ES 767, Quaternary Geology with Dr. James Aber, Emporia State University
Final Project, Fall, 2006

The Mammoth Site of Hot Springs, South Dakota

by Larry Kuss

Mammoth Site 1


The purpose of this project is to examine a fascinating location in South Dakota that has preserved the remains of wildlife that existed during the last ice age. The Mammoth Site of Hot Springs, South Dakota is believed to contain the skeletons of over fifty individual Columbian and woolly mammoths (Mammuthus) from the Pleistocene Period as well as that of the giant short-faced bear (Arctodus simus), camel (Camelops), llama, wolf, coyote and prairie dog. This region, representative of the Camelops faunal province, was also known for the American lion (Panthera atrox).

Mammoth Site 2
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Over 26,000 years ago, large Columbian and woolly mammoths were trapped and died in a spring-fed pond near what is now the southwest edge of Hot Springs, South Dakota. The pond was formed from a sixty-foot deep sinkhole that filled with warm artesian spring water. As animals came to drink, they could not escape from the steep-sided watering hole, and for over 700 years their remains collected with layer upon layer of preserving silt and sediments. In 1974, during the excavation for a housing development, bones were unearthed. Luckily, these remains were recognized by the construction crew as unique, and experts were contacted for further examination. These events are nicely animated at the following website; Mammoth Trap: The Motion Picture.

Now, the Mammoth Site is the world's largest Columbian mammoth exhibit and research center for Pleistocene studies. Dr. Larry Agenbroad was elected as the Mammoth Site Principal Investigator, and the site achieved nonprofit corporate status. One of the most unique characteristics of this site is that it is the only place that woolly mammoth and Columbian mammoth remains have been found together. The Columbian variety is believed to have roamed what is now the United States from around 130,000 to 11,000 years ago, weighed as much as eight tons and stood twelve feet tall at the shoulders. All the remains at the site are believed to be males, most less than middle age.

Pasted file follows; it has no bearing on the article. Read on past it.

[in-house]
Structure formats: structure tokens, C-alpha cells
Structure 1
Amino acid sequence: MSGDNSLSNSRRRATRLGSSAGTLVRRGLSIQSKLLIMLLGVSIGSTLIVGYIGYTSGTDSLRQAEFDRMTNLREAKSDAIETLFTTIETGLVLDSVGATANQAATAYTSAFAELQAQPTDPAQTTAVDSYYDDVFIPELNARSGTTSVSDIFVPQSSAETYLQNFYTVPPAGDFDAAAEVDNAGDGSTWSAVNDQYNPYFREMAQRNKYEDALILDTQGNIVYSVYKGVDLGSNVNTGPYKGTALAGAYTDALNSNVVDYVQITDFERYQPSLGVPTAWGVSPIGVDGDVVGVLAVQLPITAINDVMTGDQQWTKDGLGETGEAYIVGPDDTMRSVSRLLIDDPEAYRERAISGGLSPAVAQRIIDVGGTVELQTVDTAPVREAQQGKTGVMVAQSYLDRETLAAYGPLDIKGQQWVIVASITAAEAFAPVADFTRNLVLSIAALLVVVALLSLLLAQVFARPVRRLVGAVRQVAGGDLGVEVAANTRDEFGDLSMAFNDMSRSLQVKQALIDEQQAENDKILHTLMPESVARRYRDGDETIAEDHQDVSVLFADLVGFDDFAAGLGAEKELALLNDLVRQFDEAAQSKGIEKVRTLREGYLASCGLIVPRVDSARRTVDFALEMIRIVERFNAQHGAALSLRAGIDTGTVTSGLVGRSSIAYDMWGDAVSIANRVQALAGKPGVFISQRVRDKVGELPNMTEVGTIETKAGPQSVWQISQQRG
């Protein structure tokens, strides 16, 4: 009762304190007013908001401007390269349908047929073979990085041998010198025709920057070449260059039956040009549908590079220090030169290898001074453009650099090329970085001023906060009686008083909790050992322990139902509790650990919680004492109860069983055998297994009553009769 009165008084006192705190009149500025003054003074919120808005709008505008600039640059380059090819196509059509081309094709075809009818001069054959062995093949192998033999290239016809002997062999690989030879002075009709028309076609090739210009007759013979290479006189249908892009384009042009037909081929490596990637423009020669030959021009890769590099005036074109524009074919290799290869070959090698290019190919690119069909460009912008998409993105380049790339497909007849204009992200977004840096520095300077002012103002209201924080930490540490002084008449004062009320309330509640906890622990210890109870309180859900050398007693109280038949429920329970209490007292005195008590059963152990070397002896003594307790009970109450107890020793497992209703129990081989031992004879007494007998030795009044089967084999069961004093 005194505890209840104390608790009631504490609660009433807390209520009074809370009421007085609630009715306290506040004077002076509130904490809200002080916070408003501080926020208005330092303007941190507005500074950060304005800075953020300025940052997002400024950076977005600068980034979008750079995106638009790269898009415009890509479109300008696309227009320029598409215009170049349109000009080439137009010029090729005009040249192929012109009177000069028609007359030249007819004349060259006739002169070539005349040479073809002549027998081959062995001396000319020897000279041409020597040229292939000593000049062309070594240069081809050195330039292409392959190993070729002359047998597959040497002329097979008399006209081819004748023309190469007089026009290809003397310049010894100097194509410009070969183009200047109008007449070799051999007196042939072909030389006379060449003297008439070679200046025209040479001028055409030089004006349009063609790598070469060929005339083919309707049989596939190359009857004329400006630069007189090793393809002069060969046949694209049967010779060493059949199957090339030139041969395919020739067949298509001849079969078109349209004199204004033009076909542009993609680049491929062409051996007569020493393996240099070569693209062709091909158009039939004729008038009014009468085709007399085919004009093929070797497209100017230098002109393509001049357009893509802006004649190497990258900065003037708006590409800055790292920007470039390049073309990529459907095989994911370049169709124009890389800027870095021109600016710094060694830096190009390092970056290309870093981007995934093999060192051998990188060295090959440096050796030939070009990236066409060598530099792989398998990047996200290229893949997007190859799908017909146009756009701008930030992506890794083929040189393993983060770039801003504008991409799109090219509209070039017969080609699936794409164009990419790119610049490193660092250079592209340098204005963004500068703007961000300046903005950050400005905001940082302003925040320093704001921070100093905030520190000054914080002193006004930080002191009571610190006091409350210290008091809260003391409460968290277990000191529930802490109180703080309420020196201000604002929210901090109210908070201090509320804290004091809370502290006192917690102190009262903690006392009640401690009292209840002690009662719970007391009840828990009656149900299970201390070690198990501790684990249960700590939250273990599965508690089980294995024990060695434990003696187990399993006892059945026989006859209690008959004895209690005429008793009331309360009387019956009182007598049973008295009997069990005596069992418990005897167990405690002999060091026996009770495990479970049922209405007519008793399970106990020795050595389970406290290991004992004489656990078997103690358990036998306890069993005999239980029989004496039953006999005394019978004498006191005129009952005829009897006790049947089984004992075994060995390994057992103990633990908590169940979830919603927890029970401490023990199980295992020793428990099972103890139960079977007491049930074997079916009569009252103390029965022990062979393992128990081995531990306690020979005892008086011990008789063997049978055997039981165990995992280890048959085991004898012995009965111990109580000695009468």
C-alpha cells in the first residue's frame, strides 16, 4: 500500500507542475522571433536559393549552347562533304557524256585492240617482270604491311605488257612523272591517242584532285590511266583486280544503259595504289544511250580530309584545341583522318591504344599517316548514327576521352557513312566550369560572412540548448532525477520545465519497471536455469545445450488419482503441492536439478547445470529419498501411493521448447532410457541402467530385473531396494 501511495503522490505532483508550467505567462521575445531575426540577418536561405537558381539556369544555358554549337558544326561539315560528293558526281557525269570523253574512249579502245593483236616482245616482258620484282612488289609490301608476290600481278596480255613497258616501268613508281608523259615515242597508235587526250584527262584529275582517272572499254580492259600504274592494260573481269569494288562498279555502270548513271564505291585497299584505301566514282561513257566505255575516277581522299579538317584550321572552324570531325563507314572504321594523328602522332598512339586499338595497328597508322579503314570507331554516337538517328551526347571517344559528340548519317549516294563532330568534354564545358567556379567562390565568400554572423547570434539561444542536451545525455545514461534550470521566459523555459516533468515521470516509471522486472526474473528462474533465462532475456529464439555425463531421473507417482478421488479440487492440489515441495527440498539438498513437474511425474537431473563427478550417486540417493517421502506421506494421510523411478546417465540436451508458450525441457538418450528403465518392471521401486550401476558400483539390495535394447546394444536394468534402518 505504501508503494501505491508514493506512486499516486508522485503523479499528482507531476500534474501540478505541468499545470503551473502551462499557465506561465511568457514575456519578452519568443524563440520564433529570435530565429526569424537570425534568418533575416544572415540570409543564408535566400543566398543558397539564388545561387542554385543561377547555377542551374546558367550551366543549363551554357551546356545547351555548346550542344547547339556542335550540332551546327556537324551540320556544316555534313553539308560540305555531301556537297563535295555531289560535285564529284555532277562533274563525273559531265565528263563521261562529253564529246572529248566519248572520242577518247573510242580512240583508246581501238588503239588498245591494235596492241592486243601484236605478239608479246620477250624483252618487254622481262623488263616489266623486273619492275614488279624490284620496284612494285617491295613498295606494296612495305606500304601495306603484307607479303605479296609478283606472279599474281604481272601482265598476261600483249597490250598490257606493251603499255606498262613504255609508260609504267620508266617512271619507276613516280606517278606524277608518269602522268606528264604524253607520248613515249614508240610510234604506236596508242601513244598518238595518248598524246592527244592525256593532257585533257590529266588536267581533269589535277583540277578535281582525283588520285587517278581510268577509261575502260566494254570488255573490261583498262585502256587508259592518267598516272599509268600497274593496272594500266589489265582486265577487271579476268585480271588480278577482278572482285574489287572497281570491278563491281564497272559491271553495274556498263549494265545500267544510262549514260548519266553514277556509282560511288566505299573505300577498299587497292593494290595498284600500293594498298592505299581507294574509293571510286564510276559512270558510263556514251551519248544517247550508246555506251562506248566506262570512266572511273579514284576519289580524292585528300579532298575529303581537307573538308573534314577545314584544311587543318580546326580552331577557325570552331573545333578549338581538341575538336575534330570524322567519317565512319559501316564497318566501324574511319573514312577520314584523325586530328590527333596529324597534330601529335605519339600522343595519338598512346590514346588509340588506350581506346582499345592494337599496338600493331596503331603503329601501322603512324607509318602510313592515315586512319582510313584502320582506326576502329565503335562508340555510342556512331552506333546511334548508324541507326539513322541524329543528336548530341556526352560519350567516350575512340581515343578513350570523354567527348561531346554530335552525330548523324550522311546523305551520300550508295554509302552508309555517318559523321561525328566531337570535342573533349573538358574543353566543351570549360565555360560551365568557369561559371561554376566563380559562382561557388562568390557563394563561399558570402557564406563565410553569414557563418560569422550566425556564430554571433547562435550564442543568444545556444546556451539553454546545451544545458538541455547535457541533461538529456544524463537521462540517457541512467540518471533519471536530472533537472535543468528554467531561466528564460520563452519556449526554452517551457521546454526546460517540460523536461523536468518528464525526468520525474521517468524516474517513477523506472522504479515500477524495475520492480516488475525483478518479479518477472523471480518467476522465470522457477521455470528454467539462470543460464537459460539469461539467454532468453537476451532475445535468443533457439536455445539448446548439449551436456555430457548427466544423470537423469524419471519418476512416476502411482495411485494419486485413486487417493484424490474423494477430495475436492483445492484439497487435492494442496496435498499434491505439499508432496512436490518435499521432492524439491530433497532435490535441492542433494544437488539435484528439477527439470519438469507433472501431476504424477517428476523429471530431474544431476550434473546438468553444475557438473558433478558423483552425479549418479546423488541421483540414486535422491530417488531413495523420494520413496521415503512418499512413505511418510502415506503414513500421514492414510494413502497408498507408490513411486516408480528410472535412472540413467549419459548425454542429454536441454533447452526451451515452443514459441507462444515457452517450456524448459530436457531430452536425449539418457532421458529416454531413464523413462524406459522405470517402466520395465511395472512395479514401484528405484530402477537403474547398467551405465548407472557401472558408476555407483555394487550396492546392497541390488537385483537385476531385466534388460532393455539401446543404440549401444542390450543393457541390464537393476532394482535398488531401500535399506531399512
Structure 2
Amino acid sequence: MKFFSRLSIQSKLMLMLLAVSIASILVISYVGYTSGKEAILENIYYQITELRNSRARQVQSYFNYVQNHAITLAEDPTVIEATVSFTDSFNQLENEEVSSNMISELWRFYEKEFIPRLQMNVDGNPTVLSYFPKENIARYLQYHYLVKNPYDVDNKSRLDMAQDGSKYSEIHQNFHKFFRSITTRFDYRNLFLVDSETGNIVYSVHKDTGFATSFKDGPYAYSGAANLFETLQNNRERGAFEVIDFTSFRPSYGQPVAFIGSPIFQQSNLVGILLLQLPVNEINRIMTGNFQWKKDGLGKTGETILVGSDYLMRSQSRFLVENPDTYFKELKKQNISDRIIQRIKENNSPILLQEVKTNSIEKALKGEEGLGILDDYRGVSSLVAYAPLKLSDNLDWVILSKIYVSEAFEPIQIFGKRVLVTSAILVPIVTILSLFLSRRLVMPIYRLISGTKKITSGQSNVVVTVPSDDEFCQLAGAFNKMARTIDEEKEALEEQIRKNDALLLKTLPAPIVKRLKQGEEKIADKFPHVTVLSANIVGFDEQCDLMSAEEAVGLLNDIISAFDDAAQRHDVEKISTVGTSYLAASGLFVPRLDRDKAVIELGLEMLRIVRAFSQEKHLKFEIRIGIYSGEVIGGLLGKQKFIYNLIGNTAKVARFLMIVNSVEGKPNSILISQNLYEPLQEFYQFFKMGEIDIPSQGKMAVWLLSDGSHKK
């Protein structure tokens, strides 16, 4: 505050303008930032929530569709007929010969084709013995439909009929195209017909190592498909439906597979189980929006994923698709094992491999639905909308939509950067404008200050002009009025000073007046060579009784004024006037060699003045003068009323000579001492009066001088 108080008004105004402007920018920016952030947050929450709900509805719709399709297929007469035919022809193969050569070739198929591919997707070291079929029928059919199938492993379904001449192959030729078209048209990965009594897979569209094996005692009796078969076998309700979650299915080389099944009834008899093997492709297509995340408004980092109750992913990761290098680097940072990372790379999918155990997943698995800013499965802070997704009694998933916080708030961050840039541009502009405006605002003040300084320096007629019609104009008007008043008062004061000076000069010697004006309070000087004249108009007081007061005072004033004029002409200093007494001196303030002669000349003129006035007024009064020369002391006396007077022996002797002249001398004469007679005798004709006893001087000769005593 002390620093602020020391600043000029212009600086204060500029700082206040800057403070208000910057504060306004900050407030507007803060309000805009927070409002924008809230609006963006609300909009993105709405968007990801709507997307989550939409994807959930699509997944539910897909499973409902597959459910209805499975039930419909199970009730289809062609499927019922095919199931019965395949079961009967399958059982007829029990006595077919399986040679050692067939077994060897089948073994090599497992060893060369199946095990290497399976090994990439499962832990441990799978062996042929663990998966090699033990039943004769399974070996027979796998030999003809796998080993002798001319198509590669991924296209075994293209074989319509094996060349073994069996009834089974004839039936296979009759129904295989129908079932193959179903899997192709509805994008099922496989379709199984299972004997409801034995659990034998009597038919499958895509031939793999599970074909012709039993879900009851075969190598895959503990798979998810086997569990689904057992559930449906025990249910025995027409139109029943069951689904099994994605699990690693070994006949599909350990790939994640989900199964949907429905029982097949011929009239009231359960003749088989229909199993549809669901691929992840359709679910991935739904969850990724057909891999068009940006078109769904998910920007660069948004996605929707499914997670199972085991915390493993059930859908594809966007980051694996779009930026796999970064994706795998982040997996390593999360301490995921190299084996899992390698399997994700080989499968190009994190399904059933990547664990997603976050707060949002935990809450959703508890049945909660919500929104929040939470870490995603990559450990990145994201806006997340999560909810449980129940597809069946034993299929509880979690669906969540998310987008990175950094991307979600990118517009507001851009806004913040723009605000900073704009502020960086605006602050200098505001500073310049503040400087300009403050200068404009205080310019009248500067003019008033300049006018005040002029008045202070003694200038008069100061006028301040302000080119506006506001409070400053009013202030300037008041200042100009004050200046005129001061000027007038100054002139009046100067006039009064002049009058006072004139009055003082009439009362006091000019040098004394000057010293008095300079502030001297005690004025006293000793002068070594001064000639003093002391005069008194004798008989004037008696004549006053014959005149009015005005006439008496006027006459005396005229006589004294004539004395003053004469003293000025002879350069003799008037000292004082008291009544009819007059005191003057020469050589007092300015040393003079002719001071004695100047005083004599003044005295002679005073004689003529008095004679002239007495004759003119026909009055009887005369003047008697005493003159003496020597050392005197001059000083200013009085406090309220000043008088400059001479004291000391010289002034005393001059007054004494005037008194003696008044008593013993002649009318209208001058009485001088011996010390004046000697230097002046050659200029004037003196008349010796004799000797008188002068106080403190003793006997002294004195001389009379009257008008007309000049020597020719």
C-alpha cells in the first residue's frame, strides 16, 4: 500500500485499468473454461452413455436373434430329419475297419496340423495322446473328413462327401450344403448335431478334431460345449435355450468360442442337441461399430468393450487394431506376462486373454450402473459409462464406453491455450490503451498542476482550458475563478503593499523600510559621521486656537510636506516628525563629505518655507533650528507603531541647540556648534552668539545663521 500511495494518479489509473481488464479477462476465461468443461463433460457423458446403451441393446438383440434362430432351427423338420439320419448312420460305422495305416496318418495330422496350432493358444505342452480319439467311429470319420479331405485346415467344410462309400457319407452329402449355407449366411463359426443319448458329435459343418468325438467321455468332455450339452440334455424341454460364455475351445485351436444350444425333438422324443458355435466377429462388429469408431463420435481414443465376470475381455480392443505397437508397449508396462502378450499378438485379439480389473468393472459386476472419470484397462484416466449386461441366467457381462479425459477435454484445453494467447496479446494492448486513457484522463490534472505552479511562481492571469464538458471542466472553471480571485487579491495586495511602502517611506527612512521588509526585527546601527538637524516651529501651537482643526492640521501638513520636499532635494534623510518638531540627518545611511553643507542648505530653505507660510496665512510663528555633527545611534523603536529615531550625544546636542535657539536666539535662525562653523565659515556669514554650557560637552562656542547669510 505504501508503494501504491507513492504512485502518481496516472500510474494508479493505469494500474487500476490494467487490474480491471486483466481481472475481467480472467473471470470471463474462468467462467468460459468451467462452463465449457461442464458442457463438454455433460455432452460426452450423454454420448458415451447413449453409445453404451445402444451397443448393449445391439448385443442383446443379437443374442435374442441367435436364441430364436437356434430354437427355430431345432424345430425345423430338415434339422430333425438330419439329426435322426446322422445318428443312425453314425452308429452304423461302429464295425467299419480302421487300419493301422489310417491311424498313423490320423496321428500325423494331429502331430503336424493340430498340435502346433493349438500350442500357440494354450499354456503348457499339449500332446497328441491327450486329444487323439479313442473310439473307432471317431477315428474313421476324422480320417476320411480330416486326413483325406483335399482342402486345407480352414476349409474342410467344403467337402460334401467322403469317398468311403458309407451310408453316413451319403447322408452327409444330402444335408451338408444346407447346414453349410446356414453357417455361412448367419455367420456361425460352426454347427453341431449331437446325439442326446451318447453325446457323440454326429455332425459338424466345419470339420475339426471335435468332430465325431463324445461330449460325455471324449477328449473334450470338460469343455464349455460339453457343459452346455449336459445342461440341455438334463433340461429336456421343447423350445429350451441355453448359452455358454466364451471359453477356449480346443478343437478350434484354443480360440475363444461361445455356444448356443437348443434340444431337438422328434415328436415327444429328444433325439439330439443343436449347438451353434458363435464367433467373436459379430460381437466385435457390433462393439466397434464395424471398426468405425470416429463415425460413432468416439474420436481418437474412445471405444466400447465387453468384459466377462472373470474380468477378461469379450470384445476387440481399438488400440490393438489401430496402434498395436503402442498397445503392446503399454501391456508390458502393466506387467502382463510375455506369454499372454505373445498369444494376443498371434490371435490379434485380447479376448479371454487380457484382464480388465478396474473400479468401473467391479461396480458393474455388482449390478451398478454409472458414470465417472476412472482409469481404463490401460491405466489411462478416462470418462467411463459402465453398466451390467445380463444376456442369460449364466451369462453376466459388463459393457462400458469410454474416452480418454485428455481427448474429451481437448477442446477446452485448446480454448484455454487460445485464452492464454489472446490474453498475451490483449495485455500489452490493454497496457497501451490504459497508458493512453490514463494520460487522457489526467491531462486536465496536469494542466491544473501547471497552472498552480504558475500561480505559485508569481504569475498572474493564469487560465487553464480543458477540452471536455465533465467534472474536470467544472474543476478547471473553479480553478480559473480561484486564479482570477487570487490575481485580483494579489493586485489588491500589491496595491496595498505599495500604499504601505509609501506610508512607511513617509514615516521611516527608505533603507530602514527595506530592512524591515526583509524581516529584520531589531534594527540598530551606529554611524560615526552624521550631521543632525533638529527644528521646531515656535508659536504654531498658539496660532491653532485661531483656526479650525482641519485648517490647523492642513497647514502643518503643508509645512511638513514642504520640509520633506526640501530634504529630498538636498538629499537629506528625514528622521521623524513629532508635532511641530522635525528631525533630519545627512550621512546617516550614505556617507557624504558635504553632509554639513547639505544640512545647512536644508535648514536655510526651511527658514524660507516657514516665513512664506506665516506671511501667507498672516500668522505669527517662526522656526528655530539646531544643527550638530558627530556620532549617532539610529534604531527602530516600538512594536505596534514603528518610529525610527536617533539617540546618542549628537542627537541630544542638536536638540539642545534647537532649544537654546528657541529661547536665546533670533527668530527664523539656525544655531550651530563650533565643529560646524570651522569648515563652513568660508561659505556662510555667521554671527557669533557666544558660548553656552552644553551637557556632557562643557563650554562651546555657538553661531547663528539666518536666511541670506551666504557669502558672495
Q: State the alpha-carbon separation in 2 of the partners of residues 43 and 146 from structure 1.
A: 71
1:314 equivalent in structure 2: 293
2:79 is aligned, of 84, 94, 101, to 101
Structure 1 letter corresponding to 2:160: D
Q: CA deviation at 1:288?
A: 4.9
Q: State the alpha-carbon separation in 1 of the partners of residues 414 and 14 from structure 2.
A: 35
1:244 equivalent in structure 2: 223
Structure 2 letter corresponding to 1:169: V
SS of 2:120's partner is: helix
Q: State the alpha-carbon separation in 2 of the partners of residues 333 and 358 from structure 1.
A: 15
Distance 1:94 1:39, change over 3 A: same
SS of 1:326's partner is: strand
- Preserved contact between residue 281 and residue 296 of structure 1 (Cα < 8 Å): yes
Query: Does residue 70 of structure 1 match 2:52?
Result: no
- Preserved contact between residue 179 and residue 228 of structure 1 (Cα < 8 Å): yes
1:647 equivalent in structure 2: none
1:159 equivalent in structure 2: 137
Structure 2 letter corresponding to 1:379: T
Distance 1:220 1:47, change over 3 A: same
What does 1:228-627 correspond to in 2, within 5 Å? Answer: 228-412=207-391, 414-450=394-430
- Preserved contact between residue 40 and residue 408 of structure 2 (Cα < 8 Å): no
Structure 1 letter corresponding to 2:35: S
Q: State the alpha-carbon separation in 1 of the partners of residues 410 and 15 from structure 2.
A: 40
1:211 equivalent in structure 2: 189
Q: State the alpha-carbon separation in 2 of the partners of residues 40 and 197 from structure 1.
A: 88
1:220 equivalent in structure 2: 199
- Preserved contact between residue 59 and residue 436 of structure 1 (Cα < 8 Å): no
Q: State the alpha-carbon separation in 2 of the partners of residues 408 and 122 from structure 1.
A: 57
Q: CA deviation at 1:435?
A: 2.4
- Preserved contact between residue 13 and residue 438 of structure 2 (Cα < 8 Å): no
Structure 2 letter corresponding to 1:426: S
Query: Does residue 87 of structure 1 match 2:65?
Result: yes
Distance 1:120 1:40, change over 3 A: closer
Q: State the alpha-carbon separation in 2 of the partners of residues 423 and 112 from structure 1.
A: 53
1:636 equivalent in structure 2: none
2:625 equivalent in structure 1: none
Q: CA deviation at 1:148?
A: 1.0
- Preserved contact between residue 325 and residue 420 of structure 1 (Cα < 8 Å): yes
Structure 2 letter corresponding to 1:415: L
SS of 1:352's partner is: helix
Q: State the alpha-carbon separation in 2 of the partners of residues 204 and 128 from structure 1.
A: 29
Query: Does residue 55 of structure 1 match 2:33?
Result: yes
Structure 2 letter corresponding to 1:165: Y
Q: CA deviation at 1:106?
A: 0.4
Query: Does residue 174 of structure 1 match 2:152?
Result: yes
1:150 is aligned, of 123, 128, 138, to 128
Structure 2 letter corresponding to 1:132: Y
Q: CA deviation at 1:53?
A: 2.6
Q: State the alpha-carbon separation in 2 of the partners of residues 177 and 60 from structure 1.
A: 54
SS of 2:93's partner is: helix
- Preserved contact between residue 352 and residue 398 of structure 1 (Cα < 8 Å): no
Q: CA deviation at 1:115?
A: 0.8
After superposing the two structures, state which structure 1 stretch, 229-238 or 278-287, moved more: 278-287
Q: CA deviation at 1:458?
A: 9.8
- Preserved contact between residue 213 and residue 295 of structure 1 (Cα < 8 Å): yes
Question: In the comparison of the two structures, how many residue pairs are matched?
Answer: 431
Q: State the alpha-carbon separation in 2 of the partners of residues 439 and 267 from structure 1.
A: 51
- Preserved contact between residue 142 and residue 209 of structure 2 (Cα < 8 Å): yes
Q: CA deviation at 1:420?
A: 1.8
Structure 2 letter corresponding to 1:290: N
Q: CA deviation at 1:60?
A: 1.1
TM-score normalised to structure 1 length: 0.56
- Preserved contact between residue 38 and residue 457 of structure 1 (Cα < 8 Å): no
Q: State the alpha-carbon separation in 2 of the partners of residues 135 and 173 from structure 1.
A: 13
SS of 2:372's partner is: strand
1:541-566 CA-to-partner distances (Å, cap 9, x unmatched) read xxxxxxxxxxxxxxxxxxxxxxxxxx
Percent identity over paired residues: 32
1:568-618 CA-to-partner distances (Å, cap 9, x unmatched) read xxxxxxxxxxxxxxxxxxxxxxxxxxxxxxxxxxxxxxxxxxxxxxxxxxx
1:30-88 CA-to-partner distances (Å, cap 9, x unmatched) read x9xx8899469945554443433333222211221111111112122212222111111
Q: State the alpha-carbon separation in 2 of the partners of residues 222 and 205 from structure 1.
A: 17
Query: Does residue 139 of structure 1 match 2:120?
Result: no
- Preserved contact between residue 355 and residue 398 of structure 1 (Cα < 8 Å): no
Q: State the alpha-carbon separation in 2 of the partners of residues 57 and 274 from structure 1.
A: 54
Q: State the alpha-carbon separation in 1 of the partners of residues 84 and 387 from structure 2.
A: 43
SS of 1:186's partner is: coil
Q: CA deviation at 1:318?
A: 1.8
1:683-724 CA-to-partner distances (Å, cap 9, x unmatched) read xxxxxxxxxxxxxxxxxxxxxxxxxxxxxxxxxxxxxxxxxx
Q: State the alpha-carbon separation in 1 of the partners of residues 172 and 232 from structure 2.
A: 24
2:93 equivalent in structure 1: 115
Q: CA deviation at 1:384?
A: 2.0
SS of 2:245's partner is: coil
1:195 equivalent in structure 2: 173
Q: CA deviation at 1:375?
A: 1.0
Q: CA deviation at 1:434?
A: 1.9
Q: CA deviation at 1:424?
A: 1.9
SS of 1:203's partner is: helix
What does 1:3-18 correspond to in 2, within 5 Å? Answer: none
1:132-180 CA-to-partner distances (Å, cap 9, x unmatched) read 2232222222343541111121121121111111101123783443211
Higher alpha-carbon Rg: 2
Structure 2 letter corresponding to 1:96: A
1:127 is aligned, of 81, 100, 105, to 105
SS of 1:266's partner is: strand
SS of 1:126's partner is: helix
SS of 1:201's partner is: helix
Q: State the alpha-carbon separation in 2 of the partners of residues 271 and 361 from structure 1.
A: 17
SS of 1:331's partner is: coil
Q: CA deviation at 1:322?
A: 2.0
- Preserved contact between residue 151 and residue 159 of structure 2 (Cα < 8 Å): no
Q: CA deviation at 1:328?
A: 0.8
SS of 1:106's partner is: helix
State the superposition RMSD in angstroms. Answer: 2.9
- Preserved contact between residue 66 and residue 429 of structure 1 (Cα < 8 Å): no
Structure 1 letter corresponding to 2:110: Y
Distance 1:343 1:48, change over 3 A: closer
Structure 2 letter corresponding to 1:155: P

Mammoth Site 3

Badlands 1


This region of South Dakota is composed of Spearfish Shale overlying Minnelusa limestone. Approximately 26,000 years ago, a cavern in the limestone collapsed as well as the shale at the surface. This allowed a vertical shaft, or breccia pipe, to form. The resulting sixty-foot deep sinkhole, 120 by 150 feet across, was produced and subsequently filled with warm artesian spring water percolating up through the limestone. This type of sinkhole is called "karst" after a region in Italy. As the animals were trapped and died from starvation and drowning, the silt and mud preserved some of their remains from decay, but petrification did not occur, resulting in fragile fossilization. Once the sinkhole filled with sediments, the spring changed course to join a lower portion of Fall River, allowing the pond sediments to remain intact. As thousands of years passed, the "hardened mud plug" became a hill as the surrounding soft red Spearfish Shale eroded away. To the east and northeast one can find the vast Badlands National Park, where wind and rain continue to erode away soft layers of sand, silt, clay and volcanic ash. This is a great location to observe the countless layers that comprise this southwestern region of South Dakota.(See previous photo)

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Petrified Wood Park 1


The Petrified Wood Park in Lemmon, South Dakota stands as a testament to the early environment of the region. Known for mixed conifer and deciduous forest in the distant past, this area is now somewhat arid, with much of the forest lands replaced with prairie grasses. The hundreds of structures comprising the park are constructed from petrified wood, dinosaur and mammoth bones from the surrounding lands.

Mt. Rushmore 3